Isabel is tall (now almost 5’ 10”), slim, and athletic (and very beautiful inside and out), but during that time, after a check up at the pediatrician’s office, she seemed troubled about her weight and asked me whether she weighed as much as her brother Ian. (Ian is 18 months older than her.) I was glad to say I didn’t know how much her brother weighed, but that I knew that he – like she was – was a healthy weight. The doctor had just showed her how healthy her BMI was and went over the chart that indicated that her height and weight percentiles had been consistent over the years.

I was very careful not to ignore, nor overreact to, this new behavior.

Mia is Latina and, typically, Latinas develop a little earlier than Caucasian girls so she matured a bit earlier than Isabel did. Like her older siblings, as a preteen Mia got a little rounder, but then had a growth spurt. Like her sister, she is athletic (just finished a cross country season and fall softball) and is very beautiful inside and out.

For now, she seems completely unconcerned with her weight. But I’m noticing that she takes a little bit more time in the morning choosing her clothing and brushing her hair than she used to; she is no longer the little girl who just wants to wear jeans, her older brothers’ t-shirts, and a ponytail. Parenting her through the onset of puberty has been different as I was able to predict – with great accuracy, actually – when and how Isabel would develop. With Mia, I don’t know how her birthmother matured or how she experienced the changes in her body.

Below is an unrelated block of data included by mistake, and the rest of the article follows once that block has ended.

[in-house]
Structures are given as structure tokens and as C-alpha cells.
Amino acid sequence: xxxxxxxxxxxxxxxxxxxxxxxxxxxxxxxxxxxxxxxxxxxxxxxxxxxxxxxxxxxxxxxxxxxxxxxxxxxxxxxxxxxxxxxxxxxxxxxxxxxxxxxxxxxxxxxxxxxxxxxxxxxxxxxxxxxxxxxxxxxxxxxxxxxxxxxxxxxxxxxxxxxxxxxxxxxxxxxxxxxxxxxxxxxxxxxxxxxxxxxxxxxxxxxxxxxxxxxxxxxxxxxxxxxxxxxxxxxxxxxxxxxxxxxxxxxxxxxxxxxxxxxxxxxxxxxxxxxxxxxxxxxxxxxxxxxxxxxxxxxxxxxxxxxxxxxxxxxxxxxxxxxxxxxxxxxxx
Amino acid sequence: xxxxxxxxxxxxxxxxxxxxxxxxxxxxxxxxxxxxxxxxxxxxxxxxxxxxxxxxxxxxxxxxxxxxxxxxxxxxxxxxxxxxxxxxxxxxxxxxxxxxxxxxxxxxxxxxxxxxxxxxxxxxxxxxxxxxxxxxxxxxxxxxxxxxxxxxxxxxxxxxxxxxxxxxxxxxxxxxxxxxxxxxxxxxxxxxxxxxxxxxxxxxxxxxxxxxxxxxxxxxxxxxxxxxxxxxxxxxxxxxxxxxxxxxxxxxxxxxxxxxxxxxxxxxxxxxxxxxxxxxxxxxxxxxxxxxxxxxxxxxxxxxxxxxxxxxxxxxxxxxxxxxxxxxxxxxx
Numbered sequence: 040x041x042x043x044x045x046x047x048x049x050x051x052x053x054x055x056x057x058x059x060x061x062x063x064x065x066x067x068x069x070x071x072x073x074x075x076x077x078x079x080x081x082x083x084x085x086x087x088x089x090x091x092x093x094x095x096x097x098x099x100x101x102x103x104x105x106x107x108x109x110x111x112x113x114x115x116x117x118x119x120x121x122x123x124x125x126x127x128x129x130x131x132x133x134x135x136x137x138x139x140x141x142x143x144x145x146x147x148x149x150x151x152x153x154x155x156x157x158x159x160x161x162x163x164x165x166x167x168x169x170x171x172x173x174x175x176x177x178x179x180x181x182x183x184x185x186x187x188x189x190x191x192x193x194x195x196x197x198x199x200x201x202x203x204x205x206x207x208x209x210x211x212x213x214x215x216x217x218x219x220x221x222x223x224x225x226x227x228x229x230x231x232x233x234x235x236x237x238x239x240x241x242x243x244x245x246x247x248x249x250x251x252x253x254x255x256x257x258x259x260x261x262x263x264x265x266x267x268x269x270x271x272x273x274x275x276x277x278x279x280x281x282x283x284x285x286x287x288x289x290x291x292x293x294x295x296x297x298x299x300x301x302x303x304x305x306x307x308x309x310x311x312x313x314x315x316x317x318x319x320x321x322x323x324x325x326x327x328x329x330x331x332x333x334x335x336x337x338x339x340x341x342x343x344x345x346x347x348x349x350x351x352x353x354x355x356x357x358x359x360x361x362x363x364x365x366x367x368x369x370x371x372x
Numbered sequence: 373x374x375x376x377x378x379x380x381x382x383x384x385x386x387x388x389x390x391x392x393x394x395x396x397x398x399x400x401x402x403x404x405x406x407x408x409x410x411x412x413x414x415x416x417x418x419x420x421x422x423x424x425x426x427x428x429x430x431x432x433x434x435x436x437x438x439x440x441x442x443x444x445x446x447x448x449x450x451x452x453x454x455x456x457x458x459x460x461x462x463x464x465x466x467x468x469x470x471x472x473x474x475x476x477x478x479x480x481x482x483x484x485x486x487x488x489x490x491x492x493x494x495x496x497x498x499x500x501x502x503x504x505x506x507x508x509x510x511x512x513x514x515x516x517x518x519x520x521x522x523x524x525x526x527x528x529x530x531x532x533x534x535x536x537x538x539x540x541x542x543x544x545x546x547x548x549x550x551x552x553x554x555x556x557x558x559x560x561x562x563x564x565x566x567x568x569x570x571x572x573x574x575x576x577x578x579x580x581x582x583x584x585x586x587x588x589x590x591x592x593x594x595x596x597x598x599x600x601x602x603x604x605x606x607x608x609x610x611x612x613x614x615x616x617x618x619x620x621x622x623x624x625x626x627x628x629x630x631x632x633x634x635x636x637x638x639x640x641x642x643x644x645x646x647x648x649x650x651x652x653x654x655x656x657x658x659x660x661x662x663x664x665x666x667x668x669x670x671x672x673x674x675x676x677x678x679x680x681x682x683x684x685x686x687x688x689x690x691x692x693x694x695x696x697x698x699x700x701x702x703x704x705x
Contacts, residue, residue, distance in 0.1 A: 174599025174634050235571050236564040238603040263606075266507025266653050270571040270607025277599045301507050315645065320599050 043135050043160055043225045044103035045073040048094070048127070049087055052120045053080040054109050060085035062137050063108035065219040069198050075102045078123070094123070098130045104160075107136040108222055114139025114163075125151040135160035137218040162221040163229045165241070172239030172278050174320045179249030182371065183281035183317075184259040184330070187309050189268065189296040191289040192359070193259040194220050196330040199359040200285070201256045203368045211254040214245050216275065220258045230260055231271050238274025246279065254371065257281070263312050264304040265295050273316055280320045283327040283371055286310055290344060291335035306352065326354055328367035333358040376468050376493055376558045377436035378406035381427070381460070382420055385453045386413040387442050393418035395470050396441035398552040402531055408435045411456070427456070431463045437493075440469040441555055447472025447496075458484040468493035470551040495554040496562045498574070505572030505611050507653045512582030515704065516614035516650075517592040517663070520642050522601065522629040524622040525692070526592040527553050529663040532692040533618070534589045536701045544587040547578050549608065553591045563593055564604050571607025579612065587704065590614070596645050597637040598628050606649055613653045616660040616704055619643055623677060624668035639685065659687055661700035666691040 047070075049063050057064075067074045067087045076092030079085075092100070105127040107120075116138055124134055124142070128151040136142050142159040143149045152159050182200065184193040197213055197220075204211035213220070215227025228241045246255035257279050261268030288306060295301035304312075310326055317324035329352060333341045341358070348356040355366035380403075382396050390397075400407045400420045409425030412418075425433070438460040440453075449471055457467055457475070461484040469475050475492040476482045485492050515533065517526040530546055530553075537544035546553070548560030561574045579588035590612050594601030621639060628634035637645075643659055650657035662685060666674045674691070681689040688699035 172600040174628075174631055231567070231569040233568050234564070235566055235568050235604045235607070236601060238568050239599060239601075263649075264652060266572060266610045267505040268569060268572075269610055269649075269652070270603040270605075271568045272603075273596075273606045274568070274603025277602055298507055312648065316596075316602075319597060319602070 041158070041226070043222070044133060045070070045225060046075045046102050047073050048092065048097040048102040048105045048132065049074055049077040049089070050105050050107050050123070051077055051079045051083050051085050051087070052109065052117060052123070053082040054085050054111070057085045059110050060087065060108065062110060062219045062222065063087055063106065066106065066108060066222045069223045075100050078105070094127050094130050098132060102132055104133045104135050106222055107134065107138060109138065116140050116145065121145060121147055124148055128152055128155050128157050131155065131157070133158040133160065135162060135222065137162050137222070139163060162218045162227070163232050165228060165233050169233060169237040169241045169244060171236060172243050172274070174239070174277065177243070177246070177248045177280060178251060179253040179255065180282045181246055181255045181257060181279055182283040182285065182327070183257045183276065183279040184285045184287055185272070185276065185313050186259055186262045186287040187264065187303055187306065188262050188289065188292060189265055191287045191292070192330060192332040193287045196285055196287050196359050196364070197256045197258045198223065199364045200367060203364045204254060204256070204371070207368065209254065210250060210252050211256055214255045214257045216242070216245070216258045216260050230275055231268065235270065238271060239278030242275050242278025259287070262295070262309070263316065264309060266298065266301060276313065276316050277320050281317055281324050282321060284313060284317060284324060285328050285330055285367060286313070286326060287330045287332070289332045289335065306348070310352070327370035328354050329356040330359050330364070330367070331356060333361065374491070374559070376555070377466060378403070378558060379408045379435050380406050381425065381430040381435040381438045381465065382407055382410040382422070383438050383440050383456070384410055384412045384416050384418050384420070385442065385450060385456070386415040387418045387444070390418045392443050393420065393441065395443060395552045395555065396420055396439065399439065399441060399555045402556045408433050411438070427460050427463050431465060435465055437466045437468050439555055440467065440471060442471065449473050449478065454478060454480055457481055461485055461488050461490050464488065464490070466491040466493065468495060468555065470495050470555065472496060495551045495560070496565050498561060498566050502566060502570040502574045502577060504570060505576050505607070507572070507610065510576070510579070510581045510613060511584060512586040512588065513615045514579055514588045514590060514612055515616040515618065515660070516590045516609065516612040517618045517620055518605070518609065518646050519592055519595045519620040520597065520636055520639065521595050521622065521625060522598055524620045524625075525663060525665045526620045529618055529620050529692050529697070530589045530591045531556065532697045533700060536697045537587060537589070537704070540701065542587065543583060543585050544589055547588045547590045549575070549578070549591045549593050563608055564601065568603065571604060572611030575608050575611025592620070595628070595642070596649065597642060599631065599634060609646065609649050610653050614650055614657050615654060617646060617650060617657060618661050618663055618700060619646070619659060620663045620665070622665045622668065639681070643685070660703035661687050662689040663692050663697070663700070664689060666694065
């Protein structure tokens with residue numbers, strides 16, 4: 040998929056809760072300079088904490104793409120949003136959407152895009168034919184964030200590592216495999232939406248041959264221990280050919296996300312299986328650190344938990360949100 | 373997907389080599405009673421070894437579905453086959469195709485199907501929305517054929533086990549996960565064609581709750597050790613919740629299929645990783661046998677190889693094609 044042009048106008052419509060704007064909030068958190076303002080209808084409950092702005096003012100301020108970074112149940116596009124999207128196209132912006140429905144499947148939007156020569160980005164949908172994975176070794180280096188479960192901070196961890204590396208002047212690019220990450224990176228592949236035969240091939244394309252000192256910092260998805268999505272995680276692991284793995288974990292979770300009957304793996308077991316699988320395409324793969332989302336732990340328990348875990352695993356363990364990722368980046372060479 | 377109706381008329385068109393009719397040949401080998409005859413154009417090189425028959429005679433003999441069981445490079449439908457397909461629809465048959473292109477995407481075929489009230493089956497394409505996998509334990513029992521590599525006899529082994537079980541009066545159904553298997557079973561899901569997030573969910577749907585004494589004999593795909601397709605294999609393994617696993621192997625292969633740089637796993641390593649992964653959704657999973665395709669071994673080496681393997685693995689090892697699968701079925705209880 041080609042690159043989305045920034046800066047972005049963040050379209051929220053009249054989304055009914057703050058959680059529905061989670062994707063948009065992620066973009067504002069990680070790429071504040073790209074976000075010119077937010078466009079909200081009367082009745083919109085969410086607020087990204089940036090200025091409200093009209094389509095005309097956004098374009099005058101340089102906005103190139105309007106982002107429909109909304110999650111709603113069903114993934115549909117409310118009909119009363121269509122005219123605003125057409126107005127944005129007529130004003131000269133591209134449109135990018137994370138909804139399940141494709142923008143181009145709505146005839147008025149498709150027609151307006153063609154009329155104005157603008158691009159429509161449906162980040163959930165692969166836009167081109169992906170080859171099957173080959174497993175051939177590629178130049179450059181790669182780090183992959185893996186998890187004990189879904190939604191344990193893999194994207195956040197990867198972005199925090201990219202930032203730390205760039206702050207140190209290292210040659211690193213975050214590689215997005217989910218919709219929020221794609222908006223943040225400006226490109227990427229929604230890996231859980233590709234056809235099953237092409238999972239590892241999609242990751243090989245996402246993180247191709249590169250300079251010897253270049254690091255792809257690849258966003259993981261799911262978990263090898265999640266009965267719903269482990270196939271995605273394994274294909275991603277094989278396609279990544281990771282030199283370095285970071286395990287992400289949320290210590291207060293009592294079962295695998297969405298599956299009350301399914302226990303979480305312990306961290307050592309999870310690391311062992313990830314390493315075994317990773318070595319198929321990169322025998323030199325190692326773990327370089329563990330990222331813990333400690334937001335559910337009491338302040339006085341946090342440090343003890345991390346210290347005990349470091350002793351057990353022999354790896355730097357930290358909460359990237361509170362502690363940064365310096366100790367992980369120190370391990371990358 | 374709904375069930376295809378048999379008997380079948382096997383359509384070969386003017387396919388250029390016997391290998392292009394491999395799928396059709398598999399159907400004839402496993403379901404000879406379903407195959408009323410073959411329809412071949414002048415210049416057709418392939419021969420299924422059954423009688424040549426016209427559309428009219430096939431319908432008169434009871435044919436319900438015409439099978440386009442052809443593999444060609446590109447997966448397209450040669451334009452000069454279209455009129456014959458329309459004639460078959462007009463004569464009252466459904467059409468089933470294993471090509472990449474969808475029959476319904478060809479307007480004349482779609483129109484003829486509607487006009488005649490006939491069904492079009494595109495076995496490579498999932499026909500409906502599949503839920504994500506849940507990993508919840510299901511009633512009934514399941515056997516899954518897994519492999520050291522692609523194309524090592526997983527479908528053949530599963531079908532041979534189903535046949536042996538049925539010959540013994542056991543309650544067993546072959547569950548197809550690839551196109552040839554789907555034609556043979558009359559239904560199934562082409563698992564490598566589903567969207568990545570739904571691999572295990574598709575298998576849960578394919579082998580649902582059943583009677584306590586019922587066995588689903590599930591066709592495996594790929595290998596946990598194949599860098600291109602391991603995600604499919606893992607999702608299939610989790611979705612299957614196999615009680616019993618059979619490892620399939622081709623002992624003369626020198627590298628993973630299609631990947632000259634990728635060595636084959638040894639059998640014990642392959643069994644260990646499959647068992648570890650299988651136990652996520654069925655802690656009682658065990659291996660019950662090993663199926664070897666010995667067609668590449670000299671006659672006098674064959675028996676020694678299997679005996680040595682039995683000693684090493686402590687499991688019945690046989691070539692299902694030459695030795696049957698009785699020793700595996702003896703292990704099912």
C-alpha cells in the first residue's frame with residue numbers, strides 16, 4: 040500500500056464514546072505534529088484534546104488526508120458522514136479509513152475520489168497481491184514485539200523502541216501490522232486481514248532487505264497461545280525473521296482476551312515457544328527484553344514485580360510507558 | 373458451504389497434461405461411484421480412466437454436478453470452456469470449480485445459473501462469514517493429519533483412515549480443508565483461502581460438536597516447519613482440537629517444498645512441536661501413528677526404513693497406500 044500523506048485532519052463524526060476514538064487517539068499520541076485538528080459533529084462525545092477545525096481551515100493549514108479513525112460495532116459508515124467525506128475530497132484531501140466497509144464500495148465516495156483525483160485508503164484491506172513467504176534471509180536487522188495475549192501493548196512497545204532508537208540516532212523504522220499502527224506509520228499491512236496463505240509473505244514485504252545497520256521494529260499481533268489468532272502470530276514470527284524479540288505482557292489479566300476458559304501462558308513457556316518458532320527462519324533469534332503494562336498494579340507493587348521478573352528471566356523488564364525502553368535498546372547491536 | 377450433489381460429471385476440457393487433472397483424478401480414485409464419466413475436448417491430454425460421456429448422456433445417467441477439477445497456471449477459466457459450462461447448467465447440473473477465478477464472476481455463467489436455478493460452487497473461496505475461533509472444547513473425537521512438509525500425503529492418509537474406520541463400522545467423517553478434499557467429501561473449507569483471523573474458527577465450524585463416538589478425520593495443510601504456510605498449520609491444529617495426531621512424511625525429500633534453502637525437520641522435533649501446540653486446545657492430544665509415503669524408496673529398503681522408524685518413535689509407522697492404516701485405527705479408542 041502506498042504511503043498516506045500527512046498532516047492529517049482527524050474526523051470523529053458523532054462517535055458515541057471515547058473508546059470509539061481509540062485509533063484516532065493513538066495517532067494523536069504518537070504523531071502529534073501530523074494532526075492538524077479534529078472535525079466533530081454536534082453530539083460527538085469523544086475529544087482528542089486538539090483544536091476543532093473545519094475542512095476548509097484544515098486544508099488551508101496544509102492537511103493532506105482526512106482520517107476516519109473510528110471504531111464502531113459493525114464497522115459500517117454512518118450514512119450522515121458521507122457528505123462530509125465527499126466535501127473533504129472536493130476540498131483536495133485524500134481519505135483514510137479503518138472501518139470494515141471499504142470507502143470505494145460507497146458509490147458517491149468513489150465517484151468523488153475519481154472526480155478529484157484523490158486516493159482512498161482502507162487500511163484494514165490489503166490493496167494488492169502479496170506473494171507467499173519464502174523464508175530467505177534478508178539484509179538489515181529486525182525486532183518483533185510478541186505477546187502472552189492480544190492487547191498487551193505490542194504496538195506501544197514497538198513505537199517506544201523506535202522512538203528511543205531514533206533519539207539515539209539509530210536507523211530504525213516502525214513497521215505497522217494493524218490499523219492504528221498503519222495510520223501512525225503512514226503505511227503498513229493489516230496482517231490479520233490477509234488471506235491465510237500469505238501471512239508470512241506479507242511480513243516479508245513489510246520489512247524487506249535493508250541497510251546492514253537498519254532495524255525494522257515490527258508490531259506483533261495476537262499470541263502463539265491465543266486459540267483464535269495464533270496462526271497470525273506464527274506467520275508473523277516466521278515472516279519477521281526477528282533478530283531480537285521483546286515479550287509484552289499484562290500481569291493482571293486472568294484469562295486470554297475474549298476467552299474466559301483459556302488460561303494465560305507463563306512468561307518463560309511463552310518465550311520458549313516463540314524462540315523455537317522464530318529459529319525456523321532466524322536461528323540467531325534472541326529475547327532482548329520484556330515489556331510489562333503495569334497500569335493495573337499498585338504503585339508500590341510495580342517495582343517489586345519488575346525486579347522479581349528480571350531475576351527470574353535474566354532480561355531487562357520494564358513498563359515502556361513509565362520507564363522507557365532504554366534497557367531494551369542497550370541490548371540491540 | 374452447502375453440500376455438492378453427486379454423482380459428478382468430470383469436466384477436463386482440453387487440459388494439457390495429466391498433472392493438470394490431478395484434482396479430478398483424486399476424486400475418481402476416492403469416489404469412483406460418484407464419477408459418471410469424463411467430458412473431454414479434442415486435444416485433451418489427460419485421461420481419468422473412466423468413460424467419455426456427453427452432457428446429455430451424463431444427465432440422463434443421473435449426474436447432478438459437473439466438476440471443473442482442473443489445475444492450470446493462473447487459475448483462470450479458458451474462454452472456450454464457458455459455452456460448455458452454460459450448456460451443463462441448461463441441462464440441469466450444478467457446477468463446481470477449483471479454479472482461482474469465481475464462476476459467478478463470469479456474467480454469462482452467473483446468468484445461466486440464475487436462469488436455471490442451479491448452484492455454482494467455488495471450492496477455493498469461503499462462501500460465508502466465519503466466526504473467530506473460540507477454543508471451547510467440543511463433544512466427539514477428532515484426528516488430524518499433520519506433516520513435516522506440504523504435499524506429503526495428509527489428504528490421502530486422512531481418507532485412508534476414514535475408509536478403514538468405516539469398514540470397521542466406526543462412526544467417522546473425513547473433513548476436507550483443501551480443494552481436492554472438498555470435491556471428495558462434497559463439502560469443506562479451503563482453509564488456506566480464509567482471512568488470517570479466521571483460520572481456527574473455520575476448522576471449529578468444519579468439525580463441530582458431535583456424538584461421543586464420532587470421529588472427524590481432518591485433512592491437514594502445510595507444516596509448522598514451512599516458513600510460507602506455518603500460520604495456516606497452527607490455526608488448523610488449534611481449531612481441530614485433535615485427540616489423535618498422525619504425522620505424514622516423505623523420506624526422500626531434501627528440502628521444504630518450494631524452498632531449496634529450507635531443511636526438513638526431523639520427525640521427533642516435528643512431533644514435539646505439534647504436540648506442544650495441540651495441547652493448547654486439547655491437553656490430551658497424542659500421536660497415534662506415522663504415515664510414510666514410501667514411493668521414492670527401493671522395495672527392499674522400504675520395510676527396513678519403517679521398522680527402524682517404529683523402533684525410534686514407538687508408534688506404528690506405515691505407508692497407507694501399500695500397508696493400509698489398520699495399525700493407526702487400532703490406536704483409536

The period of time when Isabel’s attitude towards eating seemed “off” overlapped with a difficult time in her life socially. She’d just started middle school and was spending time with some new friends. Once, after coming home from one of their houses, she told me that her friend’s mother was taking pictures of them and stopped herself for a moment, very gravely re-arranged their postures, and showed them how to appear “skinnier” in photos. I was stunned. But then Isabel showed me the pose and facial expression the woman said they should make for pictures, and we both burst out laughing. She knew how silly she looked, and we didn’t need to speak of it.

As in so many aspects of parenting, I note these little yellow flags and watch closely to see if they become bigger issues. I also know, somehow in particular with my daughters, that the way to keep them from telling me about something is to make too big a deal of it. So I choose my words carefully and try not to overreact when something seems odd.